Housing Inventory – Denver


by : Mari Takeshita

As the inventory of homes for sale continues to shrink, telltale signs of a bubble forming in the housing market are all around us. Prices are rising rapidly. Bidding wars are common. Many buyers, concerned that the window of affordability due to low interest rates may be closing, are becoming a bit frenzied.

Inevitably, market conditions like this spawn the classic bubble mentality of flipping: buying with the sole intention of selling quickly for a profit. The flipping strategy works as long as prices keep rising and new buyers keep entering the market. Of course, we all know what happens if the supply of new buyers dries up. The market grinds to a halt, prices drop, and the last flippers “in” are stuck holding properties they cannot possibly sell for a profit, nor can they service their mortgage debt. The result is a flood of foreclosures. Think 2006.

Fast forward to today. As the market keeps getting hotter, are we going down the same path that ends in a bursting bubble? Or are things different this time around?

Fortunately, there is one fundamental difference in today’s market compared to the bubble market of the mid-2000s. Back then, money was cheap (interest rates were low) and money was easy (almost anyone with a pulse could qualify for a loan). Today, with interest rates bouncing around all time lows, money is cheap, but money is not easy. Lending standards are much tighter today than they were in 2005.

Tighter lending standards should be the difference that keeps today’s housing market from becoming a bubble market. Today’s buyers will more likely be able to continue to pay their mortgages in the event that the market cools off.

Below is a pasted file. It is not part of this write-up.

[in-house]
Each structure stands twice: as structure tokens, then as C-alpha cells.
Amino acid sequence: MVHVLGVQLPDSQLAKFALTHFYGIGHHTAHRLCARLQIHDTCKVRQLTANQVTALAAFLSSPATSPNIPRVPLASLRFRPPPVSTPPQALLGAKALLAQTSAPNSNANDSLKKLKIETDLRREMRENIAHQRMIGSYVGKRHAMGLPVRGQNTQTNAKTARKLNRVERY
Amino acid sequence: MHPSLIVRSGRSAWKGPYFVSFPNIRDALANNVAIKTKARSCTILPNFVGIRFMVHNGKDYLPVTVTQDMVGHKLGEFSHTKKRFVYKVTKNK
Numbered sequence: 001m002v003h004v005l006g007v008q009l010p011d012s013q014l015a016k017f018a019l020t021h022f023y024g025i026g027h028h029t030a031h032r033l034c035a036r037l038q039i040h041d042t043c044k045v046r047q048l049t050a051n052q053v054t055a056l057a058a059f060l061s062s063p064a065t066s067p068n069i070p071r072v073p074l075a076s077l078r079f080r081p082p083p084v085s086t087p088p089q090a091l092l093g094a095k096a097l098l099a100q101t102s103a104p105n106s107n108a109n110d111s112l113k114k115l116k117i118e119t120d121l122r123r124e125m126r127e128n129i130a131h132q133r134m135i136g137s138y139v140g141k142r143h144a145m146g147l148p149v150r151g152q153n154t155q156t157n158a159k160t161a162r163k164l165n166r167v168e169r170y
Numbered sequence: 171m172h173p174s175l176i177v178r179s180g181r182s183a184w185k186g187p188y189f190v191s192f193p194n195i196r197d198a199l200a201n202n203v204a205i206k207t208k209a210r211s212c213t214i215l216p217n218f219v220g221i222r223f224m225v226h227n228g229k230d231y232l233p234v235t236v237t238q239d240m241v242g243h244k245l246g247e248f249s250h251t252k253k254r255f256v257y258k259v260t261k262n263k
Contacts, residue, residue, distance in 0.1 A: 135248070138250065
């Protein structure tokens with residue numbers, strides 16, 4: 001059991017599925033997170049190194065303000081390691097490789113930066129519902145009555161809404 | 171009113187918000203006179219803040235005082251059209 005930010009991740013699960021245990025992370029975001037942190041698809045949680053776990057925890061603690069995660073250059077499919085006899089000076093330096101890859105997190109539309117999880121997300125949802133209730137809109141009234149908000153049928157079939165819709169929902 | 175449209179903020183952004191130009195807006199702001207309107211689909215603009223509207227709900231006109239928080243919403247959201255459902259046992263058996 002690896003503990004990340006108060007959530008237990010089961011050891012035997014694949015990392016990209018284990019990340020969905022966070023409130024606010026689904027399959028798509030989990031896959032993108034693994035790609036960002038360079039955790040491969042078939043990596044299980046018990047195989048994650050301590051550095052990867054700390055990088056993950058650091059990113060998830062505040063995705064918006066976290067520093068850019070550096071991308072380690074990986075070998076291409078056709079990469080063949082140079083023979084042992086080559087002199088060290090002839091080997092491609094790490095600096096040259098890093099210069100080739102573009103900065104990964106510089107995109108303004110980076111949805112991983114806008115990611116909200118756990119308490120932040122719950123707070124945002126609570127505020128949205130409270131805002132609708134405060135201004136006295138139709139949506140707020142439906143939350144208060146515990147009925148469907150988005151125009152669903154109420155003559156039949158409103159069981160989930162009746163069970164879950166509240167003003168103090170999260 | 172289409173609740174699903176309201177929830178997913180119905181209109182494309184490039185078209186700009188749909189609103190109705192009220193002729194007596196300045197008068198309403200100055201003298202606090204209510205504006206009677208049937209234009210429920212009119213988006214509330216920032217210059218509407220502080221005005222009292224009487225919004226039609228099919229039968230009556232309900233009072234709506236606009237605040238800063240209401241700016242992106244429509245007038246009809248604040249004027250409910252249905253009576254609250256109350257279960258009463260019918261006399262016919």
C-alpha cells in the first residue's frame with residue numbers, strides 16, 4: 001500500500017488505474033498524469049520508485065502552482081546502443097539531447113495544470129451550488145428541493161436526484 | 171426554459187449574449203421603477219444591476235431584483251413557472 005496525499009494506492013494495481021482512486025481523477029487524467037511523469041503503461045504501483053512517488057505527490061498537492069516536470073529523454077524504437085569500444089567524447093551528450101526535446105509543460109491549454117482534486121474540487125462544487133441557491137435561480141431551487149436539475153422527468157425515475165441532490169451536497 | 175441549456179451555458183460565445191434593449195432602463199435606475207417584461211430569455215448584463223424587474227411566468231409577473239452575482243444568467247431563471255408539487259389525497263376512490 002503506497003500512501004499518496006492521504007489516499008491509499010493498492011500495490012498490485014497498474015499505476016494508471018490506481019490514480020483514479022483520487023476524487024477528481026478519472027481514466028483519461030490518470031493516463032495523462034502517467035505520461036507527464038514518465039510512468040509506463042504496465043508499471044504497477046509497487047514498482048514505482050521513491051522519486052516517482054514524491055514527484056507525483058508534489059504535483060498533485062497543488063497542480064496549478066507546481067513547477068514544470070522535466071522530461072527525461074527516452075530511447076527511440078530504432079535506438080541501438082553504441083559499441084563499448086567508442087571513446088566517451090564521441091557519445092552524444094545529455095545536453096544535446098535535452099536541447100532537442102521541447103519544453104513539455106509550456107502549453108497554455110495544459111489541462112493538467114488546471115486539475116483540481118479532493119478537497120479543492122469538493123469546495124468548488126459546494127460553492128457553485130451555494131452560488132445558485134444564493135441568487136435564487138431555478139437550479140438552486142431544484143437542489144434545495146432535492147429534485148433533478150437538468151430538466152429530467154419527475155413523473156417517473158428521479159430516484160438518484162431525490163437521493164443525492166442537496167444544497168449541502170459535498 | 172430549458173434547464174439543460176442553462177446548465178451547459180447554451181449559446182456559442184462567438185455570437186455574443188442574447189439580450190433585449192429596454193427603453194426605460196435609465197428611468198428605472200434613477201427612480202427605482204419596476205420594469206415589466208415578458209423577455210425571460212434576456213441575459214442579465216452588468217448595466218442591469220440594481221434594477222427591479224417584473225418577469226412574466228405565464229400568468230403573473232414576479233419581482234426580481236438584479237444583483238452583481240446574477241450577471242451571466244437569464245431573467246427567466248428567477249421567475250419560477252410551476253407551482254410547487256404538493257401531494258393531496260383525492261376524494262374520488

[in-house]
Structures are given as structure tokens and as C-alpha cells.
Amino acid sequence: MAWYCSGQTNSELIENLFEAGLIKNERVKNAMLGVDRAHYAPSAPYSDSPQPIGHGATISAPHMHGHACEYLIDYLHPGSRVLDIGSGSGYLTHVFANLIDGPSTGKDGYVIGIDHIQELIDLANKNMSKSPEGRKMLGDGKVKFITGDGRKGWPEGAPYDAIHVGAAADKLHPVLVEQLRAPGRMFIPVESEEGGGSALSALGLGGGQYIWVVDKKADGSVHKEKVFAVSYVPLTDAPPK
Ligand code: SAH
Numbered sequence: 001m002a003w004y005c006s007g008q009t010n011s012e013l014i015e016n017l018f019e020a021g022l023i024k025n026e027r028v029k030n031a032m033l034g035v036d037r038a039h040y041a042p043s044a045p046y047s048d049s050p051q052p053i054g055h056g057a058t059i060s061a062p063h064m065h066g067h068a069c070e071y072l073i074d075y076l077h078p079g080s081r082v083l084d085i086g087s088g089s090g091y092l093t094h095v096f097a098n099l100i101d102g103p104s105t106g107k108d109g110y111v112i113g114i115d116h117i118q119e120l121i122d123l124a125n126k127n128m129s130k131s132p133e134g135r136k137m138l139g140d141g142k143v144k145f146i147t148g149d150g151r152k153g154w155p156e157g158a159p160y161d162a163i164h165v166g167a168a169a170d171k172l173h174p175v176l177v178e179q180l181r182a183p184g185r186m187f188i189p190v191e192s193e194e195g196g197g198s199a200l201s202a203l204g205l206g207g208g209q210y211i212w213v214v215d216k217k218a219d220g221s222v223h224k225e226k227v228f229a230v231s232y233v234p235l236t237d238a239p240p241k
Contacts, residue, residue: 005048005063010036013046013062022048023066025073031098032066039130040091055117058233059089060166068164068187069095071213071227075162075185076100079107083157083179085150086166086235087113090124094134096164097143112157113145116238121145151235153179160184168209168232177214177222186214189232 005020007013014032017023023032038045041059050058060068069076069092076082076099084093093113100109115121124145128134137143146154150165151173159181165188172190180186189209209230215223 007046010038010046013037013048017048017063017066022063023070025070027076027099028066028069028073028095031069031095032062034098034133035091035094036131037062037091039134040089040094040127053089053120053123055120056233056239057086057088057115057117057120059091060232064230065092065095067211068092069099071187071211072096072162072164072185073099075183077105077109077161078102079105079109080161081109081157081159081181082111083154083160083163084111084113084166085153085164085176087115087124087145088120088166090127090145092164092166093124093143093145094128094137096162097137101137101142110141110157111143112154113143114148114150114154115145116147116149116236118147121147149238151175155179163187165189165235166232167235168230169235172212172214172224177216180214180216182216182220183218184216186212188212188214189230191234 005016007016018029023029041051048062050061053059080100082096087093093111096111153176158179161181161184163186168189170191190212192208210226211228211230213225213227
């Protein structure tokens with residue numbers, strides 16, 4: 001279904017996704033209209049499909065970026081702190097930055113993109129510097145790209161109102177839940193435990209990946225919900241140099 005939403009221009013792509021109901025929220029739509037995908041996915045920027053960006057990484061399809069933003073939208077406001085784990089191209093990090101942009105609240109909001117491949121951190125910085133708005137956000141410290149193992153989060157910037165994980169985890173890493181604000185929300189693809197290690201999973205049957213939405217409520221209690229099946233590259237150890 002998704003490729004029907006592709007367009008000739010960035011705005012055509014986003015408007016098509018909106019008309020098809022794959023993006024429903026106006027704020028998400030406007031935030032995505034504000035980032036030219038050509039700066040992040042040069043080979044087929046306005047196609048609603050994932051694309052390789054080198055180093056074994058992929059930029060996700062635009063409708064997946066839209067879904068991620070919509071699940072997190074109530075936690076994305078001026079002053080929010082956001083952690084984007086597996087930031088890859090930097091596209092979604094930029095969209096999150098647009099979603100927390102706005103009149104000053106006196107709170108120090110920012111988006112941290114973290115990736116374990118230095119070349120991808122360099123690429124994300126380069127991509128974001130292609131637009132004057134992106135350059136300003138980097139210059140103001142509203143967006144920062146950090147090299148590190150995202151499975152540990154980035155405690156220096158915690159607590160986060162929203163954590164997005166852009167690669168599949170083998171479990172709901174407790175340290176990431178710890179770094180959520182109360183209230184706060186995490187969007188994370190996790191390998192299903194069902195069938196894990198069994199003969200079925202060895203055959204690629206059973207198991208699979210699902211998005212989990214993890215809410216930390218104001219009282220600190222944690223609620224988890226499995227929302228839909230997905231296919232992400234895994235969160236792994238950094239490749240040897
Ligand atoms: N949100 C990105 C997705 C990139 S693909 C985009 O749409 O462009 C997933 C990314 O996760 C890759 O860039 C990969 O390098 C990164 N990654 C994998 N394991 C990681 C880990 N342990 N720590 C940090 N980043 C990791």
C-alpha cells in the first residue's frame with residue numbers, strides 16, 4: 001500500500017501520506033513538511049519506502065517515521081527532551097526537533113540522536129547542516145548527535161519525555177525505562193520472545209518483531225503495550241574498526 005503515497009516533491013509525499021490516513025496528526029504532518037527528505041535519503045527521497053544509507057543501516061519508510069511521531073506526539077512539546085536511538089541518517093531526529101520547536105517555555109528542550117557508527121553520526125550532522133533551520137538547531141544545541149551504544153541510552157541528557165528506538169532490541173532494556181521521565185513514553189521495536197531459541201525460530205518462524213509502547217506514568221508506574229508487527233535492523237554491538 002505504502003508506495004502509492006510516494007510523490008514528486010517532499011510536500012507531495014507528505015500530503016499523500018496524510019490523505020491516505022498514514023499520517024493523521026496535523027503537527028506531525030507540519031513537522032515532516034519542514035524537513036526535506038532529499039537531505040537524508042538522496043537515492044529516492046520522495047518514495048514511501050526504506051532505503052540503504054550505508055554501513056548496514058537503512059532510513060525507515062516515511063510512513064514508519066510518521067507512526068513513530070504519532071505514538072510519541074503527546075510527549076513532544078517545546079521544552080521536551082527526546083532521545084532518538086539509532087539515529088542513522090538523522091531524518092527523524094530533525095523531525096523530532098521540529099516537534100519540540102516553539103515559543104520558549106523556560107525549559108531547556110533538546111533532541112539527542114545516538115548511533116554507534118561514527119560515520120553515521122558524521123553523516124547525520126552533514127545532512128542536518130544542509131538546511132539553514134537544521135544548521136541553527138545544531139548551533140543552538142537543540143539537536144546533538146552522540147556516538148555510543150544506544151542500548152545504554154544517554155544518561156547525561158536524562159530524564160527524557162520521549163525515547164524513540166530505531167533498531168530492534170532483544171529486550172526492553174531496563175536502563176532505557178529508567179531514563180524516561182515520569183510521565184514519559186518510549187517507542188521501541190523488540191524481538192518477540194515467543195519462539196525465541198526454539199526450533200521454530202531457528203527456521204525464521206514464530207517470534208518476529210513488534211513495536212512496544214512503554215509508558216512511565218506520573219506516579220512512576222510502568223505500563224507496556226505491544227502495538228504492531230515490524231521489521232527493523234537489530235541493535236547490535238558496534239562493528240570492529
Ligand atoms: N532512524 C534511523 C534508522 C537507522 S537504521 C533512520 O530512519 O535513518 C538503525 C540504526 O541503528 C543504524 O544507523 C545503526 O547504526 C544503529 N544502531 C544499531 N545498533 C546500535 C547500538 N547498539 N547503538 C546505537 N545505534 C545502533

Even investors who are purchasing multiple properties must satisfy tighter loan requirements. Also, many investors are not purchasing to flip. They are purchasing to hold properties and capitalize on rising rental rates.

Overall, even though signs of a bubble forming are evident and should not be ignored, today’s tighter lending standards are a solid foundation underpinning the market and should keep us from repeating events of the recent past. In the mean time, the market continues to surge.

The volume of real estate sold across all Front Range markets in March increased 35.5% compared to last March. The supply of inventory along the Front Range grew even tighter, shrinking to 2.5 months. The number of new listings simply could not satisfy existing demand.

The market stats tell a similar story in Jefferson County. The volume of real estate sold in March increased 58.2% in Jeffco compared to March of 2012. The supply of inventory dropped to 1.5 months in Jeffco indicating a market that heavily favors sellers.

Mari Takeshita
Your Realtor
Cherry Creek Properties llc